As I travel the nation and talk to youth leaders I hear the same things when it comes to this generation of teenagers (nicknamed “Gen Z”) and youth ministry in general:
“My teenagers are way too busy.”
“Our Wednesday night youth group meetings are steadily shrinking in attendance.”
“My teenagers seem more apathetic than ever.”
It’s easy to lay the blame at the Converse-clad feet of Gen Z. But, maybe, just maybe, it’s the way we are doing youth ministry that’s to blame.
Youth ministry brothers and sisters I’m convinced that, for the most part, we are living in the past. We are doing youth ministry like it’s still the eighties. And the “rally, hype, worship, talk, repeat” approach is just not working with this ultra-busy, Uber-distracted generation of teenagers.
Most of the ministries I know that are doing a good job at getting teenagers to gather for youth group meetings are, for the most part, a train wreck at getting teenagers to stick around and spiritually mature.
Because all the hype (both good and bad) about Gen Z is true. They are digital. They are busy. They are cause-centric. And they get easily bored.
It may be time to shake the Etch-a-Sketch (another 80’s reference) and re-design our youth ministry strategy to fit this excitingly dangerous new youth ministry reality.
1. Teen discipleship can be digitized.
According to a recent study conducted by Pew Research Center, 85 percent of teenagers say they use YouTube on a consistent basis. Instagram and SnapChat fall in line second and third as most used media platforms.
We must crack the code of how to use YouTube (and other platforms) to deliver discipleship content. Of course, this can never replace relational discipleship. But, if done well, I’m convinced it can actually accelerate and deepen our discipling efforts.
Youth leaders, armed with great, short and powerful videos, could deliver content during the week. Adult leaders could be armed with one simple statement, “Let’s talk about that video…” which could trigger a deeper discussion. This discussion could be face-to-face or in small group (ideal) or via texting or group chat (less ideal but better than nothing!)
Sound truth can be delivered in sound bytes. Discipleship can be digitized or, more accurately, can utilize digital tools and resources to deepen relational discipleship.
2. Ministry meetings should be synthesized.
Some of the best youth ministries I know of synthesize and synergize their meetings. They start with a large group meeting and then break up into small groups. This is often where the real work of ministry begins.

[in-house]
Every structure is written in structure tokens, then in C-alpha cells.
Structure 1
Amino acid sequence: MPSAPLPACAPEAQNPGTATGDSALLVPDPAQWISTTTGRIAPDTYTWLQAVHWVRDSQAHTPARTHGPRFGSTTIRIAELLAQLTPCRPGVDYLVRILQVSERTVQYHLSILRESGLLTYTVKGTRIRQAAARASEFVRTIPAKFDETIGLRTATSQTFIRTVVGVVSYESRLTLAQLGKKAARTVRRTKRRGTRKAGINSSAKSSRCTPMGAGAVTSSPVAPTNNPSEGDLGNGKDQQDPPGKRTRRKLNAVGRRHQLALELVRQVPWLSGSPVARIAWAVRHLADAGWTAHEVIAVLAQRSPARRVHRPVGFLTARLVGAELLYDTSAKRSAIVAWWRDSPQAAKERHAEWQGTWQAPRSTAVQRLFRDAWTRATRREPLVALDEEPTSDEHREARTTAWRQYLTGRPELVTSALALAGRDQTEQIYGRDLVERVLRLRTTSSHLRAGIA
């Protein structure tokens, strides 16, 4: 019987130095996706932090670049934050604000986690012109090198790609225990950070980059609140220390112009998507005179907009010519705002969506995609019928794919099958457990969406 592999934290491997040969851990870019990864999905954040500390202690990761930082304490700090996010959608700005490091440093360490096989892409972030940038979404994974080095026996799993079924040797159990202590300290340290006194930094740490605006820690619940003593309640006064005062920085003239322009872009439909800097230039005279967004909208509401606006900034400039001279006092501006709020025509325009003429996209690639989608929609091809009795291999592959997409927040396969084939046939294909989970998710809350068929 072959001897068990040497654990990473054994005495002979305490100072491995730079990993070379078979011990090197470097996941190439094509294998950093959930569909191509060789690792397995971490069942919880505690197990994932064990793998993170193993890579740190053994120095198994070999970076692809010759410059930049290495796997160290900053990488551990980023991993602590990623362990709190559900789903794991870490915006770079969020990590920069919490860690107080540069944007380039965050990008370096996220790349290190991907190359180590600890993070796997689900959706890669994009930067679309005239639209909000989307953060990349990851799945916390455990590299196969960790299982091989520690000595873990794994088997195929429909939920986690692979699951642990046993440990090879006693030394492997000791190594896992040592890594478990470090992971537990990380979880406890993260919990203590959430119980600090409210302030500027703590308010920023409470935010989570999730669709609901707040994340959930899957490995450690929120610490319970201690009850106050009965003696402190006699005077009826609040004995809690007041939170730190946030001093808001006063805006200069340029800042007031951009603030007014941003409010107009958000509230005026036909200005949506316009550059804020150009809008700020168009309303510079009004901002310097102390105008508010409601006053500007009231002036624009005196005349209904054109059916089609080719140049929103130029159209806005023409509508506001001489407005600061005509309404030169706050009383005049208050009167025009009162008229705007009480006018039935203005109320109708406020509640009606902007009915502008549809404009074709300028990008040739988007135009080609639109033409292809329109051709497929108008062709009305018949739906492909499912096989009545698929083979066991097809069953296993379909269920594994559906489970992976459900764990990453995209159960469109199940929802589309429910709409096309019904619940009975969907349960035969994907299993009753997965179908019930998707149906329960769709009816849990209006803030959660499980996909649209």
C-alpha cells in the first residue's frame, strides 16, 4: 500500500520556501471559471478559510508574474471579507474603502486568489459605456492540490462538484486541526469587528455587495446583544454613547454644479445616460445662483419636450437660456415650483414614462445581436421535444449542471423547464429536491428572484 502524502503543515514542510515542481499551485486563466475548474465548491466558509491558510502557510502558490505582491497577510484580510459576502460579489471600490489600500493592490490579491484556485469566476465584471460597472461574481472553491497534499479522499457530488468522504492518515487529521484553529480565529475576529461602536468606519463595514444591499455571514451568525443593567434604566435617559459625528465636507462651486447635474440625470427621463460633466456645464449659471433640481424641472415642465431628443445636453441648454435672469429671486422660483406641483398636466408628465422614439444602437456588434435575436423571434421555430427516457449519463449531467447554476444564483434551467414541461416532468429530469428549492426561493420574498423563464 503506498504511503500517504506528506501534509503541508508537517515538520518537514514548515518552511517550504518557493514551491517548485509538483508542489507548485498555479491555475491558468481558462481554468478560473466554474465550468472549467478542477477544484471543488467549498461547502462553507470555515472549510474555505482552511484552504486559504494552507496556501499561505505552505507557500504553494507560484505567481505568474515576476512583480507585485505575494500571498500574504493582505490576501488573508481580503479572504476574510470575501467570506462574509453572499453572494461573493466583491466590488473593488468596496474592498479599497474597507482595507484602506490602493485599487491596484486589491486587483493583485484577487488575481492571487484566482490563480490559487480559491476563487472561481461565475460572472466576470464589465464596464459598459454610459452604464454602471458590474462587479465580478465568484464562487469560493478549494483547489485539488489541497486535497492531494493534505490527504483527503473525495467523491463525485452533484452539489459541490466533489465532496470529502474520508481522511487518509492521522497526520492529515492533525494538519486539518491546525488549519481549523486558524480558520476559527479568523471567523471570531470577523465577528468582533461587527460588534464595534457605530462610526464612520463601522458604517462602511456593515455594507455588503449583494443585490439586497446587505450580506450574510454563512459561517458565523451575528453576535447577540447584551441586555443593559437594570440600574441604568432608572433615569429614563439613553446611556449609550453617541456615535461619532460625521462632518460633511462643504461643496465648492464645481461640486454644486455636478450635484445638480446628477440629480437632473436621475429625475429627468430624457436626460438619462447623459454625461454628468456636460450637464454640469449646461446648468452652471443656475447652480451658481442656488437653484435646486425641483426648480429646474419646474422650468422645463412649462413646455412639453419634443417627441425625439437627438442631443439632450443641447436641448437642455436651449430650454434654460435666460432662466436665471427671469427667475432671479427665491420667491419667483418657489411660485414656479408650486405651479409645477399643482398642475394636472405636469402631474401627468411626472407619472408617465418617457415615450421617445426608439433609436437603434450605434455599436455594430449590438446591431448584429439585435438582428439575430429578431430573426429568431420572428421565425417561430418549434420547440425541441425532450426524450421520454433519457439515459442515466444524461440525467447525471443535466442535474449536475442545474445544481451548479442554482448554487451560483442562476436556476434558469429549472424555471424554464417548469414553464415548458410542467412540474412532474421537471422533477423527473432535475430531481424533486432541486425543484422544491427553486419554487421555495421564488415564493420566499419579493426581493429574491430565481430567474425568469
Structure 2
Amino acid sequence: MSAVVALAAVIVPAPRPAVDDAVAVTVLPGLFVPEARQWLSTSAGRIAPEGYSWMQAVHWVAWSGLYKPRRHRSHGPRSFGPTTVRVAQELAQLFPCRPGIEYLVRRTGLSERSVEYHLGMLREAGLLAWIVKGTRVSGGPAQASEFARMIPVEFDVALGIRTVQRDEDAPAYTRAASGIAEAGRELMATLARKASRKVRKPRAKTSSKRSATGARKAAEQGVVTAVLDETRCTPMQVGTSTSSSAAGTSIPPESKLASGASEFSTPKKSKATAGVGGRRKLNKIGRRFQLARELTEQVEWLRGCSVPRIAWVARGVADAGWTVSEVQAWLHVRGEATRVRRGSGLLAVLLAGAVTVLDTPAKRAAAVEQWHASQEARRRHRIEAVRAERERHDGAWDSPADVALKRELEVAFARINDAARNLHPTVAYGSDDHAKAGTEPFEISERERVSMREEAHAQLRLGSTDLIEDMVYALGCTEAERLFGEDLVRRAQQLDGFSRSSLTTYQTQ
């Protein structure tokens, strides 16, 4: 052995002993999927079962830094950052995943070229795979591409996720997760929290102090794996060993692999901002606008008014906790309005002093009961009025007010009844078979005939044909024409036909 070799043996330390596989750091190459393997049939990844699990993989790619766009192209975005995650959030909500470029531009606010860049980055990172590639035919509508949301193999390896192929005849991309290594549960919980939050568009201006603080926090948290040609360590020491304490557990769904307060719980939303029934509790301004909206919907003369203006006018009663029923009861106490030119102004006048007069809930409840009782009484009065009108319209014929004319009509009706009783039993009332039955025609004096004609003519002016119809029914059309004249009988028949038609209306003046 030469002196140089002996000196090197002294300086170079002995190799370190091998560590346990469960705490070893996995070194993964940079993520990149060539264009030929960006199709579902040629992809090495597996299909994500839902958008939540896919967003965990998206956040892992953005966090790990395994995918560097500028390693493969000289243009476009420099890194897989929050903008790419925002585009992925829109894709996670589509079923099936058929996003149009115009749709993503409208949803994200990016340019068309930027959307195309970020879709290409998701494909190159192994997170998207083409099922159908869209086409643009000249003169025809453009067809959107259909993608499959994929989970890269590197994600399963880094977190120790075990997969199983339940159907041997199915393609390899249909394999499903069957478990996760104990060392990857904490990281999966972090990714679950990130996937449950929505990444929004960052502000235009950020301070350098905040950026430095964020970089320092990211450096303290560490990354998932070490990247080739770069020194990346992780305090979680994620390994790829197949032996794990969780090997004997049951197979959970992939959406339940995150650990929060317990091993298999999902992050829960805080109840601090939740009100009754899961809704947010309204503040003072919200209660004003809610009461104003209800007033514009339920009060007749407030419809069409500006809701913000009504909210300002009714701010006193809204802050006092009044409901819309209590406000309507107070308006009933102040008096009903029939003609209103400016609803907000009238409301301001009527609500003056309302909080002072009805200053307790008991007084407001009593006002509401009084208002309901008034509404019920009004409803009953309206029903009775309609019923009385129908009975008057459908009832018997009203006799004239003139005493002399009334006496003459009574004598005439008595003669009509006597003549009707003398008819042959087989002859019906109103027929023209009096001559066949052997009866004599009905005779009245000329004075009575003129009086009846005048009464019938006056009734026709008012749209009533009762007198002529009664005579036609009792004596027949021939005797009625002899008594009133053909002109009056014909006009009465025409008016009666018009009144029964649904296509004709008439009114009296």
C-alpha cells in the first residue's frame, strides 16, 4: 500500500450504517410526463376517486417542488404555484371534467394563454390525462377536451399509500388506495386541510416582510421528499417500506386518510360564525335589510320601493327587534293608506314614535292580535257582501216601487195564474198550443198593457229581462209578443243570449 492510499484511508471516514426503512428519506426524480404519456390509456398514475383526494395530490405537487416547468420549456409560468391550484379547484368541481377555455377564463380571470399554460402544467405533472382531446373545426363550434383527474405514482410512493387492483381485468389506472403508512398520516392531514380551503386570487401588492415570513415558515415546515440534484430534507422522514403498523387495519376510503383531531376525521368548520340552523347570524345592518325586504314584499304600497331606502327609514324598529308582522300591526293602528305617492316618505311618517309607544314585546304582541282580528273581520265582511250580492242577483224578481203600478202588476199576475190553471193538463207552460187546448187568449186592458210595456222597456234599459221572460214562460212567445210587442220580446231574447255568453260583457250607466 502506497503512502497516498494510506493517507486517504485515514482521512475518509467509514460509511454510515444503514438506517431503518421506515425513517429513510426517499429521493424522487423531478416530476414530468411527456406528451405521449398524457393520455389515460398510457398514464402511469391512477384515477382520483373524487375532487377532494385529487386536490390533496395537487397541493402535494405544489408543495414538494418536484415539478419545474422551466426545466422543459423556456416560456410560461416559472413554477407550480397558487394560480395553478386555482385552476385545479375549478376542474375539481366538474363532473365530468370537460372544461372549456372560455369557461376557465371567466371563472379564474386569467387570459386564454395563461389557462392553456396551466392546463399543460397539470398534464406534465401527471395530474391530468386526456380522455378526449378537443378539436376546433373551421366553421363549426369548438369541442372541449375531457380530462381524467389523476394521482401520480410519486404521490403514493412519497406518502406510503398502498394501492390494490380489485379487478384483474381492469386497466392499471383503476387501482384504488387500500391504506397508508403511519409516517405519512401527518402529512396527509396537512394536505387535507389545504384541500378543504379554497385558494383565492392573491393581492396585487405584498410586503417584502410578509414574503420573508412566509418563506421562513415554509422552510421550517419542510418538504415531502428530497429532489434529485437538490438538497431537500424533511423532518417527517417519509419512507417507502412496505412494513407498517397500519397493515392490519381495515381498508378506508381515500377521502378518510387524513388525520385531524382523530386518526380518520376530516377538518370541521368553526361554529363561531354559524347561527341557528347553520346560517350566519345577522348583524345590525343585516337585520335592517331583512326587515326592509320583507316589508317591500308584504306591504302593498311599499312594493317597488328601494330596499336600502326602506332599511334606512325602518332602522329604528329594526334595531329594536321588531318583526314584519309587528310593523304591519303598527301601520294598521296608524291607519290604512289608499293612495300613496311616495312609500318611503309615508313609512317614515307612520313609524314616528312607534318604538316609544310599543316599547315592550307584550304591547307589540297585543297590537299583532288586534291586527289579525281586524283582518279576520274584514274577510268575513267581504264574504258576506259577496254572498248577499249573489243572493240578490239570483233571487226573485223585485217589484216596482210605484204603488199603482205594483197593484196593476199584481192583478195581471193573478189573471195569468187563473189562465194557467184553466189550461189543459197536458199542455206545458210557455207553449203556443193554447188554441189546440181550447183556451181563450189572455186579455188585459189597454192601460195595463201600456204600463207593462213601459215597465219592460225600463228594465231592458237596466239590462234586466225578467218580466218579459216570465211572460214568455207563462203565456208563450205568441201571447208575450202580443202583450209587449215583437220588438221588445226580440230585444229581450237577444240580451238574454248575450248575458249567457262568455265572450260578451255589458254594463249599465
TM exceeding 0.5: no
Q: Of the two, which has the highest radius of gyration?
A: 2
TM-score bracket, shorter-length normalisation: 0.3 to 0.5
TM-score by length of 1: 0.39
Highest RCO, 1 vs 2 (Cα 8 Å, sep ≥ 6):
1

It’s in small groups where teenagers open up and real life change can begin to take place. The big meeting pulls the pin on the grenade (the Biblical take on whatever issue is being taught that night) and the small groups do the clean up afterward.
In addition to synthesizing the small groups into the bigger meetings, a monthly leadership meeting could be tagged on before hand (after?) so that adult leaders and student leaders could be on the same page. Maybe this could even be tied in with a meal so the meeting could be started sooner rather than later.
In this busy-and-getting-busier culture we must learn how to synthesize our meetings for maximum impact. The best way to synthesize is to test what works best for your particular ministry context and find something that sticks.
3. Gospel activism must be organized.
What if you began to help teenagers see themselves as Gospel activists and their circle of friends and school campuses as opportunities for social impact? What does the Gospel have to do with social justice? More than you might imagine!
Throughout church history Gospel activism and social impact have gone together like peanut butter and chocolate. Missionaries, seeking to spread the Gospel in suspicious cultures, built hospitals, launched orphanages and started schools so that lives could be changed, communities could be transformed and disciples could be multiplied!
We must reframe evangelism as Gospel activism. We must help our teenagers see the spread of the Gospel through our lives and lips as the primary way we can make an impact on our society. Once teenagers get this then it changes the way the view school and how they interact on social media. Suddenly their conversations are missionized and their peers are Gospelized.
This approach also helps you and your leaders begin to view “youth group” as a week-long endeavor (as opposed to just a one night meeting during the week.) With this mindset your teenagers become your ultimate outreach meeting because they can be engaged in some sort of Gospel outreach all day long.
You and your adult leaders (and maybe even your student leaders) can become “life coaches” by helping your teenagers live and give the Gospel effectively throughout the week…at home…on social media…at school.
It’s time to redesign youth ministry to fit Gen Z? I think so. What do you think?